May 2008. Photo © CY Chiang
(Taiwan Wader Studies Group)
Based on earlier survey work (most especially by a joint survey team from Kyung Hee and East Anglia Universities in 1988; by a Korean NGO Alliance survey in 1998; and subsequent government research) and dependent on delineation, there are approximately sixteen or so sites in South Korea that have been recognised as internationally important for shorebirds (in that they regularly support 1% or more of a population or 20,000 or more individuals of shorebird). The Birds Korea National Shorebird Survey (conducted by several teams of counters, from Birds Korea, the Miranda Naturalists Trust, the Australasian Wader Studies Group and Broome in Australia) aims to count shorebirds at all such sites (see the map below), providing that data freely on our websites, and through publication, in time for the upcoming Ramsar Convention conference (Changwon City: October 28-November 4, 2008).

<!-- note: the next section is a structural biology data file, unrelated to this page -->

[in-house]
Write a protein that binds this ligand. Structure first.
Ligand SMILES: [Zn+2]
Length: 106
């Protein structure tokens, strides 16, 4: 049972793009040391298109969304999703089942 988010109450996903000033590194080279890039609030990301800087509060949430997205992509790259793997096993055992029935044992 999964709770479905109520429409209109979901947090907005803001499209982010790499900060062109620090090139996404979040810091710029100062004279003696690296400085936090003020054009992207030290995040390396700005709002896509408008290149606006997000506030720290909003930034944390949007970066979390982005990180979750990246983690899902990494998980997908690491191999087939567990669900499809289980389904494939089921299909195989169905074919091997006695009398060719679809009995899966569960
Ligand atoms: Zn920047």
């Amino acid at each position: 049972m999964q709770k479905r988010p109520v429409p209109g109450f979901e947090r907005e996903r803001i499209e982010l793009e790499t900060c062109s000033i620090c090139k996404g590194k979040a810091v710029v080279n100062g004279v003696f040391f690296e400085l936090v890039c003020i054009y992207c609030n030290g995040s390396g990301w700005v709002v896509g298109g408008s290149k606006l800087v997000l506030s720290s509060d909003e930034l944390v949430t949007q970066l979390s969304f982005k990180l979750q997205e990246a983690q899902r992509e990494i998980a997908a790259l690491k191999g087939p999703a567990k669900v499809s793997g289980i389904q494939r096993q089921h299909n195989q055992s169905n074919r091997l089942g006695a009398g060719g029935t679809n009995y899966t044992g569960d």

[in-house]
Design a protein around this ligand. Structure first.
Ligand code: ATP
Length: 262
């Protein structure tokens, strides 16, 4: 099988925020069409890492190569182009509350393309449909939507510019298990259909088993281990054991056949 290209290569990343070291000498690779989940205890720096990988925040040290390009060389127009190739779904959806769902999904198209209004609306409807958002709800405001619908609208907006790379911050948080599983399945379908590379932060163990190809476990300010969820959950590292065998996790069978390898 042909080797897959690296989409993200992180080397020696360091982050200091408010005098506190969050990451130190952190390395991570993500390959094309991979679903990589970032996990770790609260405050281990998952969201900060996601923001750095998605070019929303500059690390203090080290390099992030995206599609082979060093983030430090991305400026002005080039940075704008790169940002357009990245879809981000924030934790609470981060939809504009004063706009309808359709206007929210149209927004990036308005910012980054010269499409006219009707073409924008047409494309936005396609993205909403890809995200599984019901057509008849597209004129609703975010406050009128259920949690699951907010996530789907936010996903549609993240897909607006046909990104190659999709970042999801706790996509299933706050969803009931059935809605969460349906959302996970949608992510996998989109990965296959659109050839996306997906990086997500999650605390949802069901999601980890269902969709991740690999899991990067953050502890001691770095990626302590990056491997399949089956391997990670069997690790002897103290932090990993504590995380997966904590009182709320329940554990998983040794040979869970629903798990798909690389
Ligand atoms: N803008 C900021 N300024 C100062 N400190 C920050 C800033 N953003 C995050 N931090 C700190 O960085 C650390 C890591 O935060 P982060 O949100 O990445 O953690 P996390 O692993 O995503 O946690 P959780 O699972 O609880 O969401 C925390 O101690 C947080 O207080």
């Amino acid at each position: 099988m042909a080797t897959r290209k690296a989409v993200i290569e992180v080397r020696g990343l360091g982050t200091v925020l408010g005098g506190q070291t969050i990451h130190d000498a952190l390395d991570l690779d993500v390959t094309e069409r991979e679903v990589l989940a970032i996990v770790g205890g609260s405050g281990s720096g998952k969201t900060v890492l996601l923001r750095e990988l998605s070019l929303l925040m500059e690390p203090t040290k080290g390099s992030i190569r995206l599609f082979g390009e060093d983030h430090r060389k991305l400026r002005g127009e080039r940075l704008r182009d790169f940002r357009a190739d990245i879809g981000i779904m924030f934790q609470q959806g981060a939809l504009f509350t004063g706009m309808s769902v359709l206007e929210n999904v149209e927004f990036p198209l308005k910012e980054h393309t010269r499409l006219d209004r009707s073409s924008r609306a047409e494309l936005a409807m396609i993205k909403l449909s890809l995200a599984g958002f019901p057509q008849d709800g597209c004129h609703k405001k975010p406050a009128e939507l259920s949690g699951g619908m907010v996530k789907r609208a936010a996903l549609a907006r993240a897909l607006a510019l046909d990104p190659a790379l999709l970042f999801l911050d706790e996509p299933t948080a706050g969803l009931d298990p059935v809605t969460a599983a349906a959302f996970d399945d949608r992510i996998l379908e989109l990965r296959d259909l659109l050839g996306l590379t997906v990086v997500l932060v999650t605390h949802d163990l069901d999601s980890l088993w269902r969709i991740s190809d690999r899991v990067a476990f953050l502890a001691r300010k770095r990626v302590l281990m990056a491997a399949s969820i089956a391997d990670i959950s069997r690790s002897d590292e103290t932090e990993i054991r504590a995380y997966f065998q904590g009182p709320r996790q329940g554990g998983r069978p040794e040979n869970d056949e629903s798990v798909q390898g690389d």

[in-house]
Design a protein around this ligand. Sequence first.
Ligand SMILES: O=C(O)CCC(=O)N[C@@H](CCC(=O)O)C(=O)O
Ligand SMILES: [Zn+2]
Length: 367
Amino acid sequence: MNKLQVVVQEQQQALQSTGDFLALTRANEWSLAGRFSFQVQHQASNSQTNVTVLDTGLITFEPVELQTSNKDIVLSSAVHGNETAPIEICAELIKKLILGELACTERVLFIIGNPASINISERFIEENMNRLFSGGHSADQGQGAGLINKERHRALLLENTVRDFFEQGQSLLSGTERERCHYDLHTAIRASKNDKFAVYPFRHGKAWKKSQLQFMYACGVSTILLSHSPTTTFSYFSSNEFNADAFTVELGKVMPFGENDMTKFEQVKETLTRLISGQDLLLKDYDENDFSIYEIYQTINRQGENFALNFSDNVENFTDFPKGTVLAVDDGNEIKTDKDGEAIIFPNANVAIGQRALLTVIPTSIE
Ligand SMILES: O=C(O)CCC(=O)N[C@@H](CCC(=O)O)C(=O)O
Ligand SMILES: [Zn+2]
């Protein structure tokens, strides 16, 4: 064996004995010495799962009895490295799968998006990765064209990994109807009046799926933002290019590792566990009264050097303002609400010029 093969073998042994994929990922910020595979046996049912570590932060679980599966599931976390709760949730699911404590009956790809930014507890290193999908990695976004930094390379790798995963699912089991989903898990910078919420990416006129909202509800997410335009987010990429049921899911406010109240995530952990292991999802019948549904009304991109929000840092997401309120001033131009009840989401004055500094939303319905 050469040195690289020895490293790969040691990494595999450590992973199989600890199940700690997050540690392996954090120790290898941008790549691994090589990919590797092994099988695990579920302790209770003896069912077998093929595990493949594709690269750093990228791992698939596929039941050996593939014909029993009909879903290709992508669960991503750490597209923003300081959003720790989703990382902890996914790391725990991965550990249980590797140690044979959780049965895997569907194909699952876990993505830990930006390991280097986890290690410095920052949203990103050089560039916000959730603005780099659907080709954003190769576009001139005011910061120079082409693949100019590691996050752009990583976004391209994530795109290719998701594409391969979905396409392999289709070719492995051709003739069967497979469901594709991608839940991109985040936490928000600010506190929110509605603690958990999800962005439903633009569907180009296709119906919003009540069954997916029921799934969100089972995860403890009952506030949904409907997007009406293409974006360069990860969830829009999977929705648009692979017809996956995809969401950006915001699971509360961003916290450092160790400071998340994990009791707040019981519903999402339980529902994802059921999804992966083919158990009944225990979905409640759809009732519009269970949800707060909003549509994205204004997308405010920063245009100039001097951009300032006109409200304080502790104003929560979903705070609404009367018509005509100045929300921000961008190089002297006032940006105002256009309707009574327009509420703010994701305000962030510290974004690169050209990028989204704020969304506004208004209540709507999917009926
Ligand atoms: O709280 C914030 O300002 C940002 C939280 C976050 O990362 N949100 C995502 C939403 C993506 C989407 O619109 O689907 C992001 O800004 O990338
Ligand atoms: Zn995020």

The timing for this survey effort is based on a combination of elements:
The most comprehensive published shorebird data in South Korea is from April and May 1988 and 1998. Shorebird counts in 2008, in early May when shorebird numbers are at their peak in Korea, will provide an excellent snapshot of shorebird numbers between decades;
Survey effort at this time will feed into ongoing discussions on the health of intertidal wetlands in South Korea (and by extension, in the Yellow Sea), by providing further insights on shorebird population trends, and information and images on changes to key sites nationwide during the past decade or two;
The National Shorebird Survey will reveal whether (apparently contrary to all published studies on shorebirds elsewhere) the several hundred thousand shorebirds that have been displaced by the Saemangeum reclamation have simply moved to other sites within South Korea, or rather have experienced declines at the national level. In 2003, the proponents of the Saemangeum reclamation argued that “The (Saemangeum) reclamation project invites more migratory birds to the area” and that “snipes and plovers (shorebirds) easily move their habitat to the Gomso Bay, Geum River estuary or other tidal flat (239,000ha) which are 5 ~ 20km away from Saemangeum.” (Ministry of Agriculture and Forestry website, 2003).